Sunday, December 4, 2011

Fainting Goats

Back in 1880 four goats were abandoned by a Canadian man in Tennessee, these goats soon had kids and somebody noticed a peculiar trait among their offspring.  It seemed when they got a sudden scare they fell over as if in a trance.  The condition was recognized as a rare condition that also occurs in humans, myotonia congentia.

When given a sudden scare the muscles in the legs of the goats freeze up, the animal quickly topples over as a result and may lay there frozen for 10 seconds or so.  For many years Myotonic goats were used as meat goats, intentionally scared so they would build up muscle in their leg from repeatedly freezing up.  Now they are more likely to be kept as pets or occasionally for cashmere fiber that some produce in the winter.

Myotonic goats are also called fainting goats and are smaller goats, often black and white, but they can be any color.   They are pretty easy to keep, needing shelter in cold and wet weather, and they are less likely to climb fences than other goats. 

If bred to another goat the fainting gene is recessive.  Younger fainting goats are more likely to fall over as the older ones learn how to brace themselves.  Of course any animal that falls down when frightened may be an easy target for predators, or thieves.  As such it is a good idea to keep your goats well fenced and secure.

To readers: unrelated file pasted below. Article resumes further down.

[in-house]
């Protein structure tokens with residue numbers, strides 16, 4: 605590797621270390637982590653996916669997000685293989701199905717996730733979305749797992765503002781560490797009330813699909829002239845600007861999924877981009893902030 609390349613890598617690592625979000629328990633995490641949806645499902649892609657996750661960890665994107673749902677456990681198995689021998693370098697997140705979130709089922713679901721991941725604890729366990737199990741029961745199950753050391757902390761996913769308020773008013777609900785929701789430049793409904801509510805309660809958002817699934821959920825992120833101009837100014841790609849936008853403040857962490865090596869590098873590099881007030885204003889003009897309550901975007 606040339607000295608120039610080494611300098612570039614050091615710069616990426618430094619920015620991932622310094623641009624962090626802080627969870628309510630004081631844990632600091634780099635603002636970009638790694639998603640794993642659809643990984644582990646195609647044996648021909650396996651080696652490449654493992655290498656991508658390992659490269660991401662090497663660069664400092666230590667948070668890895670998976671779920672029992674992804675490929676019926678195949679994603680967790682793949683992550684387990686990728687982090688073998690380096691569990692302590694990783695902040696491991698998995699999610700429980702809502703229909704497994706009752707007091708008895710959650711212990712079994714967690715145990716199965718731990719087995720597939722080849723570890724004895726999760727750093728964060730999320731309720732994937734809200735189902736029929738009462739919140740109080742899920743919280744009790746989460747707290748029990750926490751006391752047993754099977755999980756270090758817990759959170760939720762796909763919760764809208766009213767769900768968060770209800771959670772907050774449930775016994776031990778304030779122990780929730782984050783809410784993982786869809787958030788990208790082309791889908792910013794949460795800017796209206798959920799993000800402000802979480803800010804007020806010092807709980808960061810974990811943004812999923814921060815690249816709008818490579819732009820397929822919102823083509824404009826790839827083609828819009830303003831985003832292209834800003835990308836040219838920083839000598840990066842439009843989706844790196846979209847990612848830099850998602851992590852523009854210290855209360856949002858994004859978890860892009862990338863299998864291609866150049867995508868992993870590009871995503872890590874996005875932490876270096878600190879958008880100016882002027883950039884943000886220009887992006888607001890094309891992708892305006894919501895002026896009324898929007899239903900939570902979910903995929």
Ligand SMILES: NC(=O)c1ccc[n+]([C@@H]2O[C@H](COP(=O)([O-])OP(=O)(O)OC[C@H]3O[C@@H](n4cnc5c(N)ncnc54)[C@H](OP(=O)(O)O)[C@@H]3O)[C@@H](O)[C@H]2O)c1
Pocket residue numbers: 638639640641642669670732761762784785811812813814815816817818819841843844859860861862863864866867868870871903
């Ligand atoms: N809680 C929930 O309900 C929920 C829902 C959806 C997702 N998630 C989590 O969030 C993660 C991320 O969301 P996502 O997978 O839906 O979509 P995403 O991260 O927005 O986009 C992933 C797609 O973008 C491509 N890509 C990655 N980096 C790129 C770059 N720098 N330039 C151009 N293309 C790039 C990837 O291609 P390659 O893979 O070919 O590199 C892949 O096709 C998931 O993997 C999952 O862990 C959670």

Read here if you wish to learn more about goats and goat care.


  1. What a cute animal. I have never heard about this. And this is very funny. I just can't imagine seeing these goats are running and suddenly scared and the would just "freeze". Thank you for sharing this odd yet funny info.

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  2. Honestly this is my first to know this animal. I live in Asia and I dont think they are here in Asia. So, it is quite interesting to know this. Great post!

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